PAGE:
• Narcolepsy
  • Insufficient sleep at night
  • Sleep apnea
  • Circadian rhythm disorders such as jet lag and advanced and delayed sleep phase syndrome
  • Idiopathic hypersomnolence
  • Periodic limb movement disorder—clues include restless legs in the evening, repetitive limb movements in sleep
  • Depression
  • Head injury (Modafinil can help with excessive sleepiness after head injuries.)
  • Other medical disorders, e.g., chronic pain disturbing sleep
  • Drugs


Very rarely, narcolepsy can be symptomatic of another underlying disorder of the central nervous system, usually a structural lesion involving the region of the hypothalamus. If this is true, there will probably be additional symptoms and signs of endocrine or neurological disorder. Occasionally, epilepsy can be mistaken for narcolepsy, and there have been cases where patients faked narcolepsy (perhaps to get a prescription for drugs).

It's much more common for the reverse to be true: for narcolepsy to be undiagnosed. Indeed, some researchers believe as many as three-quarters of Americans with narcolepsy have not been diagnosed. Narcolepsy is sometimes diagnosed as epilepsy, chronic fatigue syndrome, and schizophrenia.


How do doctors decide who has clinical excessive daytime sleepiness?

History

Recording of patient histories is the key to the diagnosis of excessive daytime sleepiness. A structured history is taken. The Epworth sleepiness scale is often includes in this assessment.

Examination

A physical examination is seldom informative. However, obesity and causes of upper airway obstruction may be clues to a diagnosis of obstructive sleep apnoea. Endocrine or neurological signs may point to an underlying neurological cause of sleepiness (other than idiopathic narcolepsy).

 

Is the patient genuinely sleepy or just tired? The Epworth sleepiness scale is a helpful method of quantifying daytime sleepiness.

Is the patient getting regular and sufficient sleep? Check on bed time, wake time, sleep quality and pattern (for example, shift work)

Does the patient snore heavily or stop breathing during sleep? If so, consider obstructive sleep apnoea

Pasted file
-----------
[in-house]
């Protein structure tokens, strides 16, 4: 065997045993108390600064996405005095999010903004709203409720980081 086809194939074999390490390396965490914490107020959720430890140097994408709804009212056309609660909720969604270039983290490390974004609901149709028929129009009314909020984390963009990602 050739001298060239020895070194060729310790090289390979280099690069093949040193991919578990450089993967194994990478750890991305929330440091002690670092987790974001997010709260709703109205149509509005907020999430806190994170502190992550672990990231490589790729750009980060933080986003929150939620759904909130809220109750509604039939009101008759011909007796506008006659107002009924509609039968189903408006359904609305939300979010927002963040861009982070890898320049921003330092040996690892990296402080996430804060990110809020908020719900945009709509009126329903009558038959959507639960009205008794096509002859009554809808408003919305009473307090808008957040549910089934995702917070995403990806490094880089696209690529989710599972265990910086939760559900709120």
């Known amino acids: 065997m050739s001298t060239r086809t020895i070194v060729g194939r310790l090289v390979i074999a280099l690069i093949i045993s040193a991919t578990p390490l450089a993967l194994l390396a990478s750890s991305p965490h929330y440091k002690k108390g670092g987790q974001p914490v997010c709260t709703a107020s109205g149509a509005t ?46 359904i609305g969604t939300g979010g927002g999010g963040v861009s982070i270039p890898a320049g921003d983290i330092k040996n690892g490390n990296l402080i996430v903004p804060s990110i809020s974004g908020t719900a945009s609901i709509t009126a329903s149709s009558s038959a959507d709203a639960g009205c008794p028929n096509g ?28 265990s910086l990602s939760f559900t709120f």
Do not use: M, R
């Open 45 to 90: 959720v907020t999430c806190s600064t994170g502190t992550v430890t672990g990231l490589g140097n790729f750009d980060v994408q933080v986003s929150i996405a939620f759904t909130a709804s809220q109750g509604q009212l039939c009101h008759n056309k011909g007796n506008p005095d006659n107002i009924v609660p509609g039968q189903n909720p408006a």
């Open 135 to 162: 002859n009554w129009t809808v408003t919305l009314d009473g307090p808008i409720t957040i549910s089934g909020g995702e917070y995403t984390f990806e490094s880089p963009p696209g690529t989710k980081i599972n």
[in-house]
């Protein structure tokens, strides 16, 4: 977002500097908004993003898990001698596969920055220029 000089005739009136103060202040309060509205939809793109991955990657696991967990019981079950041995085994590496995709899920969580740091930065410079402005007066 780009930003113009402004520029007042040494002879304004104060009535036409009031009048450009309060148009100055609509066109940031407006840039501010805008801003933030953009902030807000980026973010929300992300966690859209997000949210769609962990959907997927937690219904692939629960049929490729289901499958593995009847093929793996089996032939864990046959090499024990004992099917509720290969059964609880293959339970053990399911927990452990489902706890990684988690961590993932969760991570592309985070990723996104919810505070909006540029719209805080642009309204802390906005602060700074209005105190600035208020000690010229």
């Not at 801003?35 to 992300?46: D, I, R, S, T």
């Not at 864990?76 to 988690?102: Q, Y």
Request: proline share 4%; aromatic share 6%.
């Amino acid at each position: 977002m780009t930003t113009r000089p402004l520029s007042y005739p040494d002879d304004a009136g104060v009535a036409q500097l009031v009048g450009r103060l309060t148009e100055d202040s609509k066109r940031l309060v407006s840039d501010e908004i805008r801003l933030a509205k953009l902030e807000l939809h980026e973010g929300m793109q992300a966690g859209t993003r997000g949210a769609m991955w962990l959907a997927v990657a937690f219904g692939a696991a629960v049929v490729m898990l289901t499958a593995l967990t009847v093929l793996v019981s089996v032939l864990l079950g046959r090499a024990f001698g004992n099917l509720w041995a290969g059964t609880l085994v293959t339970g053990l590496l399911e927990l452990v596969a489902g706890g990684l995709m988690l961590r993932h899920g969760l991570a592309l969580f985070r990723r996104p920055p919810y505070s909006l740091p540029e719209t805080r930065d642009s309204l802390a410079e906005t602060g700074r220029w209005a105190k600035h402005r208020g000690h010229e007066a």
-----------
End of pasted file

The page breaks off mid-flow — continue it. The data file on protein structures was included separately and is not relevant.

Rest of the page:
Is there a history of short lived weakness on emotional arousal? If so, consider narcolepsy

Is there a history of uncomfortable, fidgety legs in the evenings? If so, consider restless legs syndrome

Is there evidence of depression (low mood or lack of pleasure in life)? If so, excessive daytime sleepiness might be symptomatic of a mood disorder

Might prescribed or recreational drugs be contributing to sleepiness?

Are there other potentially relevant medical conditions disturbing sleep, such as chronic pain?

Where possible, a history should be taken from the bed partner


Investigations

Investigations need specialist expertise and equipment and are tailored to the suspected cause of excessive daytime sleepiness. Whether every patient with suspected narcolepsy needs formal evaluation in a sleep laboratory is a matter for debate.

Gathering objective data at the outset by using sleep tests is wise. These tests should include an assessment of overnight sleep quality, typically with polysomnography, and an evaluation of daytime sleepiness on the following day, using the multiple sleep latency test. This test offers the patient four HLA typing and toxicology for amphetamines (in rare cases in which patients are suspected of simulating narcolepsy to obtain a supply) are occasionally helpful. Measurement of hypocretin concentrations in cerebrospinal fluid may become a standard diagnostic tool in narcolepsy, but right now this technique is used only in research.